In our exploration of high-mix, low-volume (HMLV) value streams, we see that changeovers between items occur all the time when we have multiple items being produced in the same value stream. Our goal is always to eliminate changeover all together since it is non-value add but that sometimes isn’t possible. Changeovers are not relevant if our take time exceeds cycle time + changeover time. In that case, we can afford a changeover on every unit and we can run production in any sequence.
In my work with HMLV value streams, I’ve found that there are a few general kinds of changeovers. Understanding the kind of changeovers that you are faced with can provide some insights into the strategy for how best to deal with them and how to incorporate them appropriately into your EPEI calculation.
First kind of changeover is what I’d think of a normal changeover, the time between the production of the last unit of one item and the first good unit of the next item. Often times in a HMLV operation, the changeover time is the same between any two parts and so single changeover time is sufficient for all. In other cases, the changeover time is different depending on the part being run next regardless of what was run before it. In this case, a single changeover time by item is sufficient. In other cases however, the sequence of items in production may make a difference in the changeover times requiring a matrix of from/to items with specific changeover times depending what was run previous and what comes next.
The second kind of changeover is what I think of as a major changeover that occurs between groups of items. In other words, this changeover is the time between the last unit of one item in one group of items and the first good unit of the next item in a new group. A classic example is a painting process where there may be no changeover between multiple items of the same color but a changeover is needed for a new color. This also can occur with heat treat processes for temperature changes, changing machine settings for gauges of metal in a mill or rolling operation. Combining the major changeover with the idea of sequencing and a matrix of changeover times support many common manufacturing processes where the lowest overall changeover is going from light to dark, from low temperature to high temperature, from wide to narrow, or from thick to thin.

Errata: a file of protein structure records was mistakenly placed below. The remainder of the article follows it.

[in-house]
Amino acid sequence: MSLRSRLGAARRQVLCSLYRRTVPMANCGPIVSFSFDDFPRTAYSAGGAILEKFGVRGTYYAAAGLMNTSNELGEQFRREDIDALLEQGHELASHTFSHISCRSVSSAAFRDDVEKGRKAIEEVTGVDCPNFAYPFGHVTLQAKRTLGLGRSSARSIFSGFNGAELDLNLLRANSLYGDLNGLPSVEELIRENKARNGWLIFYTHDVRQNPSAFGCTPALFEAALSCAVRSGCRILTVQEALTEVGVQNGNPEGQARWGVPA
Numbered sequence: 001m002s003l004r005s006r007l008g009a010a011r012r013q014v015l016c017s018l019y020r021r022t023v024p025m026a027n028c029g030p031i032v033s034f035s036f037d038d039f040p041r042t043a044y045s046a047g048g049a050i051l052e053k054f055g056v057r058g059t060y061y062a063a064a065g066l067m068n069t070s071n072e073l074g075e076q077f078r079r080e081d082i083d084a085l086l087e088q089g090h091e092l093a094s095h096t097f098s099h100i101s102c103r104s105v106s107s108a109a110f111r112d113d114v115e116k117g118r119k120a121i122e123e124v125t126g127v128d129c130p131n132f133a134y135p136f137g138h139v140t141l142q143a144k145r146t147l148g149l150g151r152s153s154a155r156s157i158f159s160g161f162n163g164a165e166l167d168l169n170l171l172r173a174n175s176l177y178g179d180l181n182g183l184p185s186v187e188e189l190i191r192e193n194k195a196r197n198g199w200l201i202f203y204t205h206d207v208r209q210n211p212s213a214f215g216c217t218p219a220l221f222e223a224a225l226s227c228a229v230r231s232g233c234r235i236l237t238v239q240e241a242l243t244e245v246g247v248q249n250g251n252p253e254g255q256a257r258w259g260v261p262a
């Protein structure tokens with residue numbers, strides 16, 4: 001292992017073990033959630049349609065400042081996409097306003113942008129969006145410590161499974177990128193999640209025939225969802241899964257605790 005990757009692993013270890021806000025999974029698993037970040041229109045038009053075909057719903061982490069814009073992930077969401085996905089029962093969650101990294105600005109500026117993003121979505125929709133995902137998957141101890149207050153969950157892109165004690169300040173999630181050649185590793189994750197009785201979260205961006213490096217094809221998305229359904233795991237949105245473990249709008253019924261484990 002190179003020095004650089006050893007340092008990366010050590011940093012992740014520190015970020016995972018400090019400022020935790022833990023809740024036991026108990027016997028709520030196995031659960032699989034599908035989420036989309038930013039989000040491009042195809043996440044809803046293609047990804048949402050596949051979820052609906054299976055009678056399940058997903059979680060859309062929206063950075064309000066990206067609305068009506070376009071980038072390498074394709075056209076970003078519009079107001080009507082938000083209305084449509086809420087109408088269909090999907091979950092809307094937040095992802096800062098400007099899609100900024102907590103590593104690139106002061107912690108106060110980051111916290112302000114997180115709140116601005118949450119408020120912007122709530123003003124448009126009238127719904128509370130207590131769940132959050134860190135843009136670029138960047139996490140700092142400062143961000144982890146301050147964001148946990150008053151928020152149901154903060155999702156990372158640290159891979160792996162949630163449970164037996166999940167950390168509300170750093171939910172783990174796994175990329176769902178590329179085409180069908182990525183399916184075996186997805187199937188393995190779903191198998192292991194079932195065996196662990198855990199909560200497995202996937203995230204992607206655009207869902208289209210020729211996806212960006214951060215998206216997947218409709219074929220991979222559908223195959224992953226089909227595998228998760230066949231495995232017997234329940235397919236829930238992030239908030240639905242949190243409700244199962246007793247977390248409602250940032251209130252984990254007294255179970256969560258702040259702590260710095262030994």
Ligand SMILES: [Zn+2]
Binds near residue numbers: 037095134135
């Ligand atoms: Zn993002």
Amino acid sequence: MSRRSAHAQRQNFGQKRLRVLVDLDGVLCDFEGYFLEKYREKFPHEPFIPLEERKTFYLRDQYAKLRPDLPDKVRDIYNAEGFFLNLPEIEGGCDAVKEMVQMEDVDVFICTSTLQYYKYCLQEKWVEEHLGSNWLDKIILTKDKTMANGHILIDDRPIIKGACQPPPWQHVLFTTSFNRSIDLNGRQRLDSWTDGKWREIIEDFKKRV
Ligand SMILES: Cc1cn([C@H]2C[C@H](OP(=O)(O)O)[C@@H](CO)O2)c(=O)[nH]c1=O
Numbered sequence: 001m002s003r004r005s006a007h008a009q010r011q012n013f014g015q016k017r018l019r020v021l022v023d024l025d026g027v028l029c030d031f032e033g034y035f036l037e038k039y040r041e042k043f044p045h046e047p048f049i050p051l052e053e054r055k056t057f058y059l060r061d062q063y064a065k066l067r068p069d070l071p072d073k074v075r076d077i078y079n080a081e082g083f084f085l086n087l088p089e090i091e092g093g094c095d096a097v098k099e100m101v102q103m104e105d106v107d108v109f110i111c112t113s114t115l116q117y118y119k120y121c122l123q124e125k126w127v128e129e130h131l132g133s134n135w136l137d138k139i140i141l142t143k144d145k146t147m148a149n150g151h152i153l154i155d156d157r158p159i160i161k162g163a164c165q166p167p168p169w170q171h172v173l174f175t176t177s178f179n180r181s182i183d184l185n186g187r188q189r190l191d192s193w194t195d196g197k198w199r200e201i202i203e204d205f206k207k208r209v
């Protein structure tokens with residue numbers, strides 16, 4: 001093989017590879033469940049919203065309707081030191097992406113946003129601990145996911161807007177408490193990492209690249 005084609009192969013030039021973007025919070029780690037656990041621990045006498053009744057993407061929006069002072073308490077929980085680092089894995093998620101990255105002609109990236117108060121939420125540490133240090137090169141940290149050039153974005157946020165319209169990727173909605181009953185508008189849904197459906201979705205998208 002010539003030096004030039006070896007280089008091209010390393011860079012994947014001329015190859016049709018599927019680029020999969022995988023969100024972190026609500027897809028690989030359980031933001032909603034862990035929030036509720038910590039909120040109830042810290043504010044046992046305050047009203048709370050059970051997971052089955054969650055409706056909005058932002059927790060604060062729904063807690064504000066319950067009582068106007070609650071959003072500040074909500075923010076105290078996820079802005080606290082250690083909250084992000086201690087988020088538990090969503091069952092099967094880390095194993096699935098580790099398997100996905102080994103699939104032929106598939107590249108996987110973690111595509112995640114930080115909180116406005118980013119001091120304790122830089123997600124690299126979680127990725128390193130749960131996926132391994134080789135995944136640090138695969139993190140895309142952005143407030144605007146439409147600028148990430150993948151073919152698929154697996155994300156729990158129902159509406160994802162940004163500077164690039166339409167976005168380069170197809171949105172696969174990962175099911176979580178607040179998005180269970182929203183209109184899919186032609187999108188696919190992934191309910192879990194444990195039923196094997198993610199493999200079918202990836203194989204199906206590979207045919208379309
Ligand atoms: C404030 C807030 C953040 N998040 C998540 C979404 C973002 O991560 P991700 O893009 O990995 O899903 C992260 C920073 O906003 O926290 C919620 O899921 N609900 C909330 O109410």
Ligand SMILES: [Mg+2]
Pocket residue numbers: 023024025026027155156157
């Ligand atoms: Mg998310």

The third kind of changeover is what I call a useful life changeover. This captures situations where intermittent activities are required that stop operations after a period of time or after a certain number of units. Often times this has to do with tool changes, recalibration, or lubrication. For example, a slitting process may require blades to be changed every 4 hours or every 1200 meters of cutting. While this may not be technically a changeover, it is an intermittent interruption in operation that can be accurately planned in advance based on the mix and volume of products required.
These three different kinds of changeovers in combination with sequencing and a matrix of changeover times has been able to cover all of the HMLV value streams I’ve worked with.
If it sounds like this can get complicated, you’re right. It can. But the more precisely you can calculate the EPEI, the less you will have to provide a larger buffer than is absolutely essential. And therefore your value stream will run with its lowest level of inventory and shortest lead time.
We’ll ease up on the complexity next time and talk about how to use EPEI as a measure of capacity.